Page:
ACG will be on Capitol Hill next week, working with the U.S. House Ways & Means Committee members and others in helping to advance a "surprise billing" proposal that is equitable for ACG members and physician practices. A recent report on New York’s law suggested that the IDR process is an equitable process: "As of October 2018, IDR decisions have been roughly evenly split between providers and payers, with 618 disputes decided in favor of the health plan and 561 decided in favor of the provider. However, insurers have tended to win the majority of out-of-network emergency services disputes (534-289), while providers have won the majority of surprise bill disputes (272-84)." The NY law advises mediators to consider the “usual and customary rate” for a service, defined as the 80th percentile of all (non-discounted) charges for a particular healthcare service performed by a provider in the same or similar specialty within the same geographic area. At least 25 states have laws protecting patients from surprise out-of-network bills, usually for emergency care.
New Program This Year: ACG's Meet Your Governor Initiative
From ACG Governors James Hobley, MD, MSc, FACG, and Alison Schneider, MD, FACG
We want to remind ACG members of two exciting upcoming ACG regional courses:
Meet Your ACG Governor!
We appreciate the opportunity to meet you and learn more about important issues in our states and regions. Dr. Hobley will be at the welcome reception for registered attendees on Friday, March 6th (ACG/LGS Course). Dr. Schneider will be at the registration desk each morning on March 13-15 (ACG/FGS Course).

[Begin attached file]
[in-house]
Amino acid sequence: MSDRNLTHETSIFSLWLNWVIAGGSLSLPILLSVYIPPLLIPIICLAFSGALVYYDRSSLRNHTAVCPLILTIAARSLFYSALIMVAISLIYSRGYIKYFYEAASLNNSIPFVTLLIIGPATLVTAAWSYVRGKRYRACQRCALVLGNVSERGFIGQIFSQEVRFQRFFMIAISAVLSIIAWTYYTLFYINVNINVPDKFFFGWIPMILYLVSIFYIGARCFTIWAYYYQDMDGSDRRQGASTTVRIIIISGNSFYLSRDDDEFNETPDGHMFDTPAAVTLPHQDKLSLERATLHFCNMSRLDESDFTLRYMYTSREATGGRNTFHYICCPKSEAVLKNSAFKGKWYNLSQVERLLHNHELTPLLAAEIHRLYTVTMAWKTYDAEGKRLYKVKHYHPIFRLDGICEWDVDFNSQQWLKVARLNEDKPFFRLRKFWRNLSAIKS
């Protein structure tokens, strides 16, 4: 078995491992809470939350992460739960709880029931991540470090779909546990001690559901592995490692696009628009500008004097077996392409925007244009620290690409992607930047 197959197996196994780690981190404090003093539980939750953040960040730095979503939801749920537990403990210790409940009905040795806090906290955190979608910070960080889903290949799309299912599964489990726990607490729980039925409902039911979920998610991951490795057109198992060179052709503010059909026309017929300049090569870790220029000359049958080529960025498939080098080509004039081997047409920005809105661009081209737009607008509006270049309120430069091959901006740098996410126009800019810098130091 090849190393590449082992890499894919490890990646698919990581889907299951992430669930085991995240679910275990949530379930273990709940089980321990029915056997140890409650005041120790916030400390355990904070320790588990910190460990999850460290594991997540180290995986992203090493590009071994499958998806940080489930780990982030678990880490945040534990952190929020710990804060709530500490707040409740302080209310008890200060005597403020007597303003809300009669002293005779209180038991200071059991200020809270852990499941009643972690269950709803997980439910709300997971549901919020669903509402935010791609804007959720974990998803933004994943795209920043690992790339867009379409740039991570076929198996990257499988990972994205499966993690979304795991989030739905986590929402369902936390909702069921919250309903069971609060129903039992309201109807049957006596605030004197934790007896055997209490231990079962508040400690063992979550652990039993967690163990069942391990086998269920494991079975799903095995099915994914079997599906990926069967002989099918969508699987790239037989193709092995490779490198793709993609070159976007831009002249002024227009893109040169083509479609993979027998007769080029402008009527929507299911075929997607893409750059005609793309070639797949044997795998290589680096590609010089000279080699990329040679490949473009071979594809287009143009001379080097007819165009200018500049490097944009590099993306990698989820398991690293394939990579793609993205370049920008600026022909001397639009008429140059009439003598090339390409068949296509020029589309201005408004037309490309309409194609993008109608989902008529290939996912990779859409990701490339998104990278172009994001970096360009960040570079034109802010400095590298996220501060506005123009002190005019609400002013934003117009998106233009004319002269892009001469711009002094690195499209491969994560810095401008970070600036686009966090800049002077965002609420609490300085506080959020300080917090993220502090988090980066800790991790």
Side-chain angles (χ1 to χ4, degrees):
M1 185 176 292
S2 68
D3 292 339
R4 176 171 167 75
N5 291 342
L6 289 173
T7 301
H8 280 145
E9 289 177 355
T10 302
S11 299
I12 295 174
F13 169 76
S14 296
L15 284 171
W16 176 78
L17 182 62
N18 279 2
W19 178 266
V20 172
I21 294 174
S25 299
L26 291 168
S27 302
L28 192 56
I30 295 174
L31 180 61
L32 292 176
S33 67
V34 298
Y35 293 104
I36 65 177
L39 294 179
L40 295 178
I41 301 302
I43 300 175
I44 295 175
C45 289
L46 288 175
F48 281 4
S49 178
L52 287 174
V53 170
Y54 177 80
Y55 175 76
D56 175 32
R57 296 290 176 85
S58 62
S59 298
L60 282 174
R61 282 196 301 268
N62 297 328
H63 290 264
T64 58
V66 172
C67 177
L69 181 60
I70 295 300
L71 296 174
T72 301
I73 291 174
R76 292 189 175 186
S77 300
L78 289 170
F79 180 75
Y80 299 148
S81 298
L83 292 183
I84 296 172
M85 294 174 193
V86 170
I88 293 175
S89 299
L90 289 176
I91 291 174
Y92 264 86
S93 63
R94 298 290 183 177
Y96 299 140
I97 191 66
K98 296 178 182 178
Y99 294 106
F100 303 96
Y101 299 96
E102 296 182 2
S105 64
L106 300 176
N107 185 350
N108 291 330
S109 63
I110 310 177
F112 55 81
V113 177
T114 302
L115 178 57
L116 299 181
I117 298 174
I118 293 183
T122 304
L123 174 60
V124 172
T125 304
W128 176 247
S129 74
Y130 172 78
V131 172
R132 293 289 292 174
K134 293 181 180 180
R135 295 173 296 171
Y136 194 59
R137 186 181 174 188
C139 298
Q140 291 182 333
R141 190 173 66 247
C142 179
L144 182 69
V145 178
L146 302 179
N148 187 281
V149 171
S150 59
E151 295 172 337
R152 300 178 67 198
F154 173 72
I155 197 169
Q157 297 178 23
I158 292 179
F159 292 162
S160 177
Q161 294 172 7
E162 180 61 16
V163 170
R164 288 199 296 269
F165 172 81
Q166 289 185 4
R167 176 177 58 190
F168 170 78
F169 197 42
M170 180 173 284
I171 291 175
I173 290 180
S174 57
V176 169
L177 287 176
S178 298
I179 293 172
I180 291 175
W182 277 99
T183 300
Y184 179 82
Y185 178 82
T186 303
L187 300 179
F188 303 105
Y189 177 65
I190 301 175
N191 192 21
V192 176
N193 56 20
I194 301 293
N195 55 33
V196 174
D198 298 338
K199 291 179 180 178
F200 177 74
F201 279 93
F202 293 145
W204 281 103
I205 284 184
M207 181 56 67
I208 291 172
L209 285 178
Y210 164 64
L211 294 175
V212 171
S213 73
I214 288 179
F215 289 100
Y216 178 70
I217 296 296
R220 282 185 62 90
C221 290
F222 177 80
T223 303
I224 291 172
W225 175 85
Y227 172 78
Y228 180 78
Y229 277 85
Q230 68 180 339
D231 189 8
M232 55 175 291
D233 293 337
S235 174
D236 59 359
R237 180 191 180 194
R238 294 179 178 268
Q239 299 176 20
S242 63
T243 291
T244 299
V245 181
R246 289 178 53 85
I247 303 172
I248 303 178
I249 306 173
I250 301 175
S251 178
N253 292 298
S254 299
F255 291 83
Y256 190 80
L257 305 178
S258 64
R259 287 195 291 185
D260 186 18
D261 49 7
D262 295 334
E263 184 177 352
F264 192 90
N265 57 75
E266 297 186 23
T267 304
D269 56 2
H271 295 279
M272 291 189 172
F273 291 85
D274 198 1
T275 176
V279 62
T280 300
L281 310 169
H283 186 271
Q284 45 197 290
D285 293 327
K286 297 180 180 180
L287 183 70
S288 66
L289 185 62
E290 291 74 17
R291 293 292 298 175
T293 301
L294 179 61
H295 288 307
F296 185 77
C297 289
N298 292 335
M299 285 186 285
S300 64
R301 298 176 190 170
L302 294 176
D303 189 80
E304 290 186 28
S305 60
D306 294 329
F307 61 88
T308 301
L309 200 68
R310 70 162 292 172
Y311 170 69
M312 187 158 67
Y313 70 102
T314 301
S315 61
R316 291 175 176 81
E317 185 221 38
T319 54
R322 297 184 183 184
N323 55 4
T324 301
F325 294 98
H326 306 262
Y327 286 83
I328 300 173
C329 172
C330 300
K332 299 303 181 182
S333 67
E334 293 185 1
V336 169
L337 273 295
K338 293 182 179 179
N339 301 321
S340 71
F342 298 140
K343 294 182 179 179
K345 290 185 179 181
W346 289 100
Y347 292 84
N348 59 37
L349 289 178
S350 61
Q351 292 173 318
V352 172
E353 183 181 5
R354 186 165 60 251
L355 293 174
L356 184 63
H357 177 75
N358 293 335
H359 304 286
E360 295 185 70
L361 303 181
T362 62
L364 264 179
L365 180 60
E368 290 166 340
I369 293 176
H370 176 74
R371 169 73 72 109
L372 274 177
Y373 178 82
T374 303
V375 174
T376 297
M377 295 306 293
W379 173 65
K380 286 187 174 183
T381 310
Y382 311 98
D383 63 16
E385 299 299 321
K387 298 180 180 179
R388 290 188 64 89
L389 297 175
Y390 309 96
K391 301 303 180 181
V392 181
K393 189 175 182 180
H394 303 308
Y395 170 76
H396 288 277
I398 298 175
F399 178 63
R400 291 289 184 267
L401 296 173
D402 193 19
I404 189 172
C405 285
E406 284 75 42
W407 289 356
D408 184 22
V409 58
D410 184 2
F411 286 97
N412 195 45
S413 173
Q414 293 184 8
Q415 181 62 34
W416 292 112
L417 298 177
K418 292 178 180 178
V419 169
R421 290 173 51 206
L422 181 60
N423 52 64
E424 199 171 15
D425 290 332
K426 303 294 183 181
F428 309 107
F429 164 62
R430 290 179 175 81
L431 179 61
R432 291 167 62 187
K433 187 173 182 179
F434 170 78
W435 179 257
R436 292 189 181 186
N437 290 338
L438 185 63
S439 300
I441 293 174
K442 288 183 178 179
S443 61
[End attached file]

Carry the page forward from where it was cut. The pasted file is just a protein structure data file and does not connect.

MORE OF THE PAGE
We hope to see you there!
Remember to contact your ACG Governor on important state and local issues impacting you and your practice.
The ACG Board of Governors is one of the most unique aspects of the American College of Gastroenterology. Governors are ACG Fellows that are elected from the membership of a particular state or region. There are currently 77 Governors across seven different regions in the U.S. and abroad. The Board of Governors acts as a two-way conduit between College leadership and the membership at-large. This helps the College make certain it is meeting the evolving needs of the membership.
New Practice Management Toolbox E-Book
The ACG Practice Management Committee is proud to announce a digital compendium of articles in the Practice Management Toolbox series as well as "Law Mind" articles published in ACG MAGAZINE.
The Practice Management Committee is confident this series and the e-Book compendium will provide a valuable resource for members striving to optimize their practices.
What is the Practice Management Toolbox?
Gastroenterologists in private practice find themselves working in a time of unprecedented transformation. Pressures are high as they make important management decisions that profoundly affect their business future, their private lives, and their ability to provide care to patients. The ACG Practice Management Committee has a mission to bring practicing colleagues together to explore solutions to overcome management challenges, to improve operations, enhance productivity, and support physician leadership. It was in this spirit that the Practice Management Toolbox was created.
The Toolbox is a series of short articles, written by practicing gastroenterologists, that provide members with easily accessible information to improve their practices. Each article covers an issue important to gastroenterologists and physician-lead clinical practices. They include a brief introduction, a topic overview, specific suggestions, helpful examples and a list of resources or references. Each month a new edition of the Toolbox will be released and will then remain available here along with all previous editions. The Practice Management Committee is confident this series will a provide valuable resource for members striving to optimize their practices.